TL;DR: In this article, the authors investigated the permitted discontinuities of stress, velocity, and surface slope in a plastic-rigid sheet deformed in its plane, and the necessary restrictions on the stress-state and rate of workhardening were obtained for any yield function and plastic potential.
Abstract: Permissible discontinuities of stress, velocity, and surface slope are investigated in a plastic-rigid sheet deformed in its plane. One such discontinuity of velocity is shown to be the mathematical idealization of localized necking; the necessary restrictions on the stress-state and rate of workhardening are obtained for any yield function and plastic potential. The results are illustrated by an examination of the modes of necking in notched tension strips. The constraint factors at the yield point are obtained for notches with wedge-shaped or circular roots.
01 Jan 1950
TL;DR: In this paper, the solution of two-dimensional non-steady motion problems in two dimensions is studied. But the solution is not a solution to the problem in three dimensions.
Abstract: 1. Introduction 2. Foundations of the thoery 3. General theorems 4. The solution of plastic-elastic problems I 5. The solution of plastic-elastic problems II 6. Plane plastic strain and the theory of the slip-line field 7. Two-dimensional problems of steady motion 8. Non-steady motion problems of steady motion 9. Non-steady motion problems in two dimensions II 10. Axial symmetry 11. Miscellaneous topics 12. Platic anisotropy
TL;DR: In this paper, a general relationship between stress and plastic strain in polycrystalline aggregate is derived for any metal in which individual crystals deform by slipping over preferred planes under a critical shear stress.
Abstract: Summary A general relationship between stress and plastic strain in a polycrystalline aggregate is derived for any metal in which individual crystals deform by slipping over preferred planes under a critical shear stress. Full account is taken of the non-uniform distortion due to mutual constraints between the grains of an aggregate. It is shown that a plastic potential exists which is identical with the yield function. Upper and lower bounds are obtained for an approximate calculation of this function for any applied system of combined stresses.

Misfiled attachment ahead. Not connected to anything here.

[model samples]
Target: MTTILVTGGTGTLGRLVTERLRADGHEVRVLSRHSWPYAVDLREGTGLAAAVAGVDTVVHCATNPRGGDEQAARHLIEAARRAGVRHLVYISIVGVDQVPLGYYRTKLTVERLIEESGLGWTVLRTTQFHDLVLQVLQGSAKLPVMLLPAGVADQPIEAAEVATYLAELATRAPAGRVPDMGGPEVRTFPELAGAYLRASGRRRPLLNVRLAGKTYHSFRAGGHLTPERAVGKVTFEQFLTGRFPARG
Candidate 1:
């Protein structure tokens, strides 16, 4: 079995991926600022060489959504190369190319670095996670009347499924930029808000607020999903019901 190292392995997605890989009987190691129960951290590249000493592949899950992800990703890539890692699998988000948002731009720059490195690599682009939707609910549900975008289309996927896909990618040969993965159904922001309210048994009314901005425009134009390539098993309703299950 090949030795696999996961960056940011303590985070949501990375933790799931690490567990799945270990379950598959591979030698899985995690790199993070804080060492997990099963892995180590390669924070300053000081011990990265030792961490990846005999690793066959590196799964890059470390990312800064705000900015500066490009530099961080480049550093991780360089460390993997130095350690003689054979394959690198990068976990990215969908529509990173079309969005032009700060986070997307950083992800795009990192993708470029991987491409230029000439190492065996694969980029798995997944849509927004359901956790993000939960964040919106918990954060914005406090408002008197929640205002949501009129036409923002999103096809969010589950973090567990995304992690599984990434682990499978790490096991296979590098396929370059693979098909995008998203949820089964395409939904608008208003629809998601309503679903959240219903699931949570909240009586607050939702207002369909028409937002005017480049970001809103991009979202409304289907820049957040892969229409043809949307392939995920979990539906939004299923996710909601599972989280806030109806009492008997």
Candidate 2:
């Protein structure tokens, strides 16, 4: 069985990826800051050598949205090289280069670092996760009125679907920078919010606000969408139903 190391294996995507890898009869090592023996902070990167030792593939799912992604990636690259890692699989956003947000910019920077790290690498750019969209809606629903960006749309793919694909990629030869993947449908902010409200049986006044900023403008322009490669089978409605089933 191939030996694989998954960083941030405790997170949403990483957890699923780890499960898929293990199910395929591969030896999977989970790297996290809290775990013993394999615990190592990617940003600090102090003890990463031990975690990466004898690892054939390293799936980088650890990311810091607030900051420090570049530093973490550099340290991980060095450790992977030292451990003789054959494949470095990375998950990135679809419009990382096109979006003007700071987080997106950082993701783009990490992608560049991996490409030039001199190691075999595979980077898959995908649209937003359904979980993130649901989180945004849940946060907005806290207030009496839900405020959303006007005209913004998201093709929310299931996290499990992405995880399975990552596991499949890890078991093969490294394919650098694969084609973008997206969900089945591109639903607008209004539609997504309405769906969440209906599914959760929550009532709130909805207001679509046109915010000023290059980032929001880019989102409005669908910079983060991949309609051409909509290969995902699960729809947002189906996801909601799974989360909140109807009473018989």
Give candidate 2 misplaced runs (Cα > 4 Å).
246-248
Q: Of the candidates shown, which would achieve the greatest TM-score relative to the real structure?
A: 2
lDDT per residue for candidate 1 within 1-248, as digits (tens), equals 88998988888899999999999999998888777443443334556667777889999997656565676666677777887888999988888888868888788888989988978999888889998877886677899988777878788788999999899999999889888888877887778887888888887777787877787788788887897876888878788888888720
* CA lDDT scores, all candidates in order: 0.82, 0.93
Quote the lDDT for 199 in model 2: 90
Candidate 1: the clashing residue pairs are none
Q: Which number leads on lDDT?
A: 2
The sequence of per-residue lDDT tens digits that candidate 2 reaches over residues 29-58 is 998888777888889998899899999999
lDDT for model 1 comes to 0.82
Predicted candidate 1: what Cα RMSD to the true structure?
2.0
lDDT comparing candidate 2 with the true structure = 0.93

TL;DR: The plasticity of metals has been the subject of many recent papers as discussed by the authors, but, owing to the complexity of the subject, there is but little agreement between different researches and attempts to extract simple generalisations from the very complex phenomena have been made chiefly in two directions: engineers have used test bars of certain specially simple form, such as uniform round bars which they have subjected to twisting or tension, and they have found the effect on their test of varying physical conditions.
Abstract: The plasticity of metals has been the subject of many recent papers but, owing to the complexity of the subject, there is but little agreement between different researches. Attempts to extract simple generalisations from the very complex phenomena have been made chiefly in two directions (1) Engineers have used test bars of certain specially simple form, such as uniform round bars which they have subjected to twisting or tension, and they have found the effect on their test of varying physical conditions. (2) Mathematicians have assumed an ideal plastic material and have given it properties which may or may not be possessed by some real material. They have then analysed the distributions of stress and strain when this ideal material is subjected to given external forces or distortions.
TL;DR: The observed strain-ratio relationship is used in conjunction with the assumption of maximum work during a given strain to calculate the criterion of yield and is found that this is very close to, but not identical with, the Mises-Heneky criterion.
Abstract: The assumption that the work done during a small plastic strain is a maximum as the yield-stress criterion is varied is shown to give rise to a connexion between the yield-stress and the strain-ratio relationship The strain-ratio relationship is that which exists between the ratios of principal stress differences and the ratios of the corresponding strain differences It is common to assume that this relationship is one of simple proportionality Experiments, however, show that this assumption is not true in metals The observed strain-ratio relationship is used in conjunction with the assumption of maximum work during a given strain to calculate the criterion of yield It is found that this is very close to, but not identical with, the Mises-Hencky criterion